Always curious about the origin of our beloved Larchmont Blvd.’s name, I recently found something that seemed to support the general consensus that it was named after Larchmont, New York, an affluent village located within the town of Mamaroneck, in Westchester County not far from Midtown Manhattan…and why some refer to the block between Beverly and First Street as “the village.” On a pre-pandemic visit, I could see the resemblance.
In my research for “Larchmont” (published in 2015 by Arcadia Press and always available at Chevalier’s Books, our beloved independent bookstore) I found the original name of the street was Glenwood, according to the city archives. In 1912, the name was changed to Larchmont…but I never found anything definitive to explain why this particular town was our namesake until a loyal reader shared a real estate listing on Variety.com that referenced the connection to D.W. Griffith. And while the timing doesn’t work out exactly right, Griffith’s influence still seems plausible.
After achieving fame and financial success for his groundbreaking though controversial film “Birth of A Nation” in 1915, Griffith, purchased the 28-acre Henry Flagler estate on Orienta Point near Larchmont, NY for a reported $375,000. His plan was to build his own film studio away from Los Angeles studios, giving him greater control and the grander lifestyle worthy of his stature, according to one local Larchmont, NY writer. In his biography of Griffith, “D.W. Griffith: An American Life,” Richard Schickel wrote that “when Lillian Gish was asked why Griffith chose so expensive a site for his studio, she replied, “He loved beauty.” Schickel described the property as “…beautiful, perhaps the most imposing combination of grounds and structure anyone has ever employed for the manufacture of motion pictures.”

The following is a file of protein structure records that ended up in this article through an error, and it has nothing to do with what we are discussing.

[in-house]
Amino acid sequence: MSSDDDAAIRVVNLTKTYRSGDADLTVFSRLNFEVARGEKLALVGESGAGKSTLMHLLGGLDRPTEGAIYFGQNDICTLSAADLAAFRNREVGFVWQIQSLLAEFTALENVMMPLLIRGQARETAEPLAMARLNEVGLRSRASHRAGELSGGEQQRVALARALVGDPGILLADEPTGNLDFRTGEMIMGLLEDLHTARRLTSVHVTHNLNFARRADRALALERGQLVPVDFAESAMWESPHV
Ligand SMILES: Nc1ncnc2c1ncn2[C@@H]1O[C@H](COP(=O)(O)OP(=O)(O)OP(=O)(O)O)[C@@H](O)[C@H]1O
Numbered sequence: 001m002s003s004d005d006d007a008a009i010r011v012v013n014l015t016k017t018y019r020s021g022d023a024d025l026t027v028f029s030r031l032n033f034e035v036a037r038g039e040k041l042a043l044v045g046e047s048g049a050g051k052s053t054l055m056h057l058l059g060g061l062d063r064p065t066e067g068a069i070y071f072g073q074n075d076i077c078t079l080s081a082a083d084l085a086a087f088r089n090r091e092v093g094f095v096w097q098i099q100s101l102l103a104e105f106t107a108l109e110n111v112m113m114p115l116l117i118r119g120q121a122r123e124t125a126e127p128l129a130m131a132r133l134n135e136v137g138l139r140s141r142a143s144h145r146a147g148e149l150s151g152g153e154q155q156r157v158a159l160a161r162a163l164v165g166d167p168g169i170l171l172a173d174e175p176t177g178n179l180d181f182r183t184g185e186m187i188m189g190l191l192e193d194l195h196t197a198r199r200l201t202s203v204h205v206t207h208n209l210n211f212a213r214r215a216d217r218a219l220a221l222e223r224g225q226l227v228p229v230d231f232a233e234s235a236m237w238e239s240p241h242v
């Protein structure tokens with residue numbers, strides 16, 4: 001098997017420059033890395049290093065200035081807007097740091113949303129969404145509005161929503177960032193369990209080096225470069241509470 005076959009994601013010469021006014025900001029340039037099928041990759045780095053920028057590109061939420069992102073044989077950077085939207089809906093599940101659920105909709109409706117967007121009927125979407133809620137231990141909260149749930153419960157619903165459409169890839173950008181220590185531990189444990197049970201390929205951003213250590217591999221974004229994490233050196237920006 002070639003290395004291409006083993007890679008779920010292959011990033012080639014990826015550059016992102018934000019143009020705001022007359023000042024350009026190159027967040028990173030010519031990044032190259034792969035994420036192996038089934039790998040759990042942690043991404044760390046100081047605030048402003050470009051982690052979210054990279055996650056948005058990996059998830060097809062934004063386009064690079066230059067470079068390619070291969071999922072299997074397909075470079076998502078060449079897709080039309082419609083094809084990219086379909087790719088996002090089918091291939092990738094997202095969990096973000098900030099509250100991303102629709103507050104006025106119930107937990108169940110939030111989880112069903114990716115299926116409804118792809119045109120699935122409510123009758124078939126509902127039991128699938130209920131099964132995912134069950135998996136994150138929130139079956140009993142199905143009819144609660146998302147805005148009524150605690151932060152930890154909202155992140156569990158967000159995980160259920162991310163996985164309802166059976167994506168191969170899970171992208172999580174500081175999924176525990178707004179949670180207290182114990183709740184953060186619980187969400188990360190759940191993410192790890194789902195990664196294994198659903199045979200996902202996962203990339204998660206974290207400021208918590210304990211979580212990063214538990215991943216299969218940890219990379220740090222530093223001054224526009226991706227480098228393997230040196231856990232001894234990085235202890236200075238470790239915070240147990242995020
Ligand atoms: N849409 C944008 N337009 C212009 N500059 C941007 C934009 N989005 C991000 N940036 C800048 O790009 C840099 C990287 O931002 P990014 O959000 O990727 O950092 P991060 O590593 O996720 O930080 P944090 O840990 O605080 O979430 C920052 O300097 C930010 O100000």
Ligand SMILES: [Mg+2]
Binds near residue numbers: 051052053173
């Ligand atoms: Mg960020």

Griffith was a highly influential figure. In 1919, he partnered with Mary Pickford, Douglas Fairbanks and Charlie Chaplin to form their own production company, United Artists Corporation (UA), to solidify their power and assert control over their work in the face of increasingly powerful Hollywood studios. Around the same time, Griffith also worked for the Famous Players Corporation, the forerunner of Paramount Studios, which was located just down the street from the newly developed neighborhoods of Hancock Park and Windsor Square. City records show improvements were made to the street including sewers and street curbs around the same time. In 1921, Julius La Bonte and Charles Ramson would acquire seven lots on Larchmont Blvd. to create a business district of 30 stores between First Street and Beverly Boulevard.
So it’s possible Griffith’s picturesque Larchmont was the inspiration for our street. The world of movies and real estate development have always been intertwined in Los Angeles. Studio designers and craftsmen often worked on local homes and gardens and local architects and designers often worked on movie sets. Los Angeles street names were routinely made up by developers to help sell real estate. And they enticed buyers with names evoking prestigious locales promising a better, sunnier version of life, not unlike Hollywood movies at the time.
About Patricia Lombard
Patricia Lombard is the co-editor and publisher of the Larchmont Buzz. Patty lives with her family in Fremont Place. She has been active in neighborhood issues since moving here in 1989. Her pictorial history, "Larchmont" for Arcadia Press is available at Chevalier's Books.
- Web |
- More Posts
One thought on “Does Larchmont Owe Its Name to D.W. Griffith?”
Patty, this is so exciting! I grew up in Mamaroneck and went to 4th of July fireworks at Orienta Point every year. It is indeed a beautiful spot.